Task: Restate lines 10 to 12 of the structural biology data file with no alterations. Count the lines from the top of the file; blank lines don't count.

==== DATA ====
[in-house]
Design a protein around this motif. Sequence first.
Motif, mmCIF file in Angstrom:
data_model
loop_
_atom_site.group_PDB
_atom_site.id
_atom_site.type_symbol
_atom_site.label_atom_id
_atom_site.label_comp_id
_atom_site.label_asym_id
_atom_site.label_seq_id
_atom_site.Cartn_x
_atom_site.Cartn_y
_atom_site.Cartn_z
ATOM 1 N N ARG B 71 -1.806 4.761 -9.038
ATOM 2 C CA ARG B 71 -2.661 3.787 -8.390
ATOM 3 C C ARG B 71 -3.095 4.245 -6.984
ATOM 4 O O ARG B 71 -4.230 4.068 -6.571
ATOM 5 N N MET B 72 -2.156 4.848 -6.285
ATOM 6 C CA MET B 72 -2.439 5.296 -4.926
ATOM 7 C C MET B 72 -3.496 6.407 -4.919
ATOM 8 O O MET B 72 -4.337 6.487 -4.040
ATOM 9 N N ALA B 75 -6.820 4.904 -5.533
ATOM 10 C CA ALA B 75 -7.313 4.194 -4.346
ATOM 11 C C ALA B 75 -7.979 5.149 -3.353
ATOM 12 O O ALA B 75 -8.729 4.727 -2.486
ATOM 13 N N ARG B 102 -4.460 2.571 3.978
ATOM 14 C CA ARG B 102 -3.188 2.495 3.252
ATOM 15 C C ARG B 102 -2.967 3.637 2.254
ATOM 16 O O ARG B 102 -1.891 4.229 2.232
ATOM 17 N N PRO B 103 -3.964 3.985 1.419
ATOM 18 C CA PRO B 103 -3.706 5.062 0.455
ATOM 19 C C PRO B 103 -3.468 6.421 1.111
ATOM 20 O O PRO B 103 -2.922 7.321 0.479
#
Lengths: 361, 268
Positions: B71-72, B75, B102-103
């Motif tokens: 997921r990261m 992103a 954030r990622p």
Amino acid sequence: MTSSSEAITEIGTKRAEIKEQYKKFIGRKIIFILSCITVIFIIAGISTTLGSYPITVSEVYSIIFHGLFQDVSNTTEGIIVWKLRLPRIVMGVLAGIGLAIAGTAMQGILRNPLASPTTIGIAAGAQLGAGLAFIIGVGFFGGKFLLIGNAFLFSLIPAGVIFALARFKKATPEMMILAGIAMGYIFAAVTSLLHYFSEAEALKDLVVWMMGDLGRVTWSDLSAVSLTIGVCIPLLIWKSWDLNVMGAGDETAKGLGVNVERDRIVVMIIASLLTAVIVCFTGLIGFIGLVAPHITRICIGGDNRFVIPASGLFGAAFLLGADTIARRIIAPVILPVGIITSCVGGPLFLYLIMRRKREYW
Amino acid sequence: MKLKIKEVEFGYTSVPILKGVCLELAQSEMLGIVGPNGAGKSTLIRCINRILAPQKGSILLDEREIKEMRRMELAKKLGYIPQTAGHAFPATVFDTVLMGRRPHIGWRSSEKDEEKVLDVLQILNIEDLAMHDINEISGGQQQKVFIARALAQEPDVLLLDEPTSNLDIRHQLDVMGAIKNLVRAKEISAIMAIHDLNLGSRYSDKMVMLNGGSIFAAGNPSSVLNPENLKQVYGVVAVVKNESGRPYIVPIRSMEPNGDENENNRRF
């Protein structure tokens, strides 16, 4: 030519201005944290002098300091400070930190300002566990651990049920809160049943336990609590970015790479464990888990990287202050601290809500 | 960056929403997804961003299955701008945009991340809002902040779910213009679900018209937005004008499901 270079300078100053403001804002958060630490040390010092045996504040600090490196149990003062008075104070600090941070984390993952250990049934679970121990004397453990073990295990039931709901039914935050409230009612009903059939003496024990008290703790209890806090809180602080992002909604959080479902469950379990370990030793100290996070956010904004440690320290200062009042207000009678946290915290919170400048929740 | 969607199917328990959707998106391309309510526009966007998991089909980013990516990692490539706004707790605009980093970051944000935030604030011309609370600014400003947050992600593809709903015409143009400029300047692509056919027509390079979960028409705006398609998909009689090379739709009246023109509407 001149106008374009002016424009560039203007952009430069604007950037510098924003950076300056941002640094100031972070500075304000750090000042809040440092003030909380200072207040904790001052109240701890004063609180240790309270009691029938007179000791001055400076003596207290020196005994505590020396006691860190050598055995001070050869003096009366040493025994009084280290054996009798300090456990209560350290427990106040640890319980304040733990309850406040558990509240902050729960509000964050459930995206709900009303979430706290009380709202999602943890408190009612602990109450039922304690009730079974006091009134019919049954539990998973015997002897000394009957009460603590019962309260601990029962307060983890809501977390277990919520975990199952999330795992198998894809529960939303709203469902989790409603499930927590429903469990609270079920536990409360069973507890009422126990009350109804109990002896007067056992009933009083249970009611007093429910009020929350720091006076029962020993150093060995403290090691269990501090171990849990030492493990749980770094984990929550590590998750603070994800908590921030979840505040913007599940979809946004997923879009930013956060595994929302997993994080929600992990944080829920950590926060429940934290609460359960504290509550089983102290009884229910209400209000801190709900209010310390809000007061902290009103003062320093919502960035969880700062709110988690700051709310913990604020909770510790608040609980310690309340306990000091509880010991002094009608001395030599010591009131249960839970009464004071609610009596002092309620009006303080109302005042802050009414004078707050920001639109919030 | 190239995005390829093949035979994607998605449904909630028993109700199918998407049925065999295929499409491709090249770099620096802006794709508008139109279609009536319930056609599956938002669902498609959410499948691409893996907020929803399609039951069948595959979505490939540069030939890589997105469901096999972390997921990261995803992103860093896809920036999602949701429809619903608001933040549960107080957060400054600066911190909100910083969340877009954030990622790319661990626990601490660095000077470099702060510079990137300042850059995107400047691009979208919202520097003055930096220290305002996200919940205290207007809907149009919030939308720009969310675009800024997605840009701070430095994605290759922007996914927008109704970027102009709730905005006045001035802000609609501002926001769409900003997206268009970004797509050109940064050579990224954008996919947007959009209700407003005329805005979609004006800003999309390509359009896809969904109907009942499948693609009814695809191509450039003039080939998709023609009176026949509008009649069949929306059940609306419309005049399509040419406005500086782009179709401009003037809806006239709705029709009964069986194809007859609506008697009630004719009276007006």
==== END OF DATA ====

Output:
_atom_site.label_comp_id
_atom_site.label_asym_id
_atom_site.label_seq_id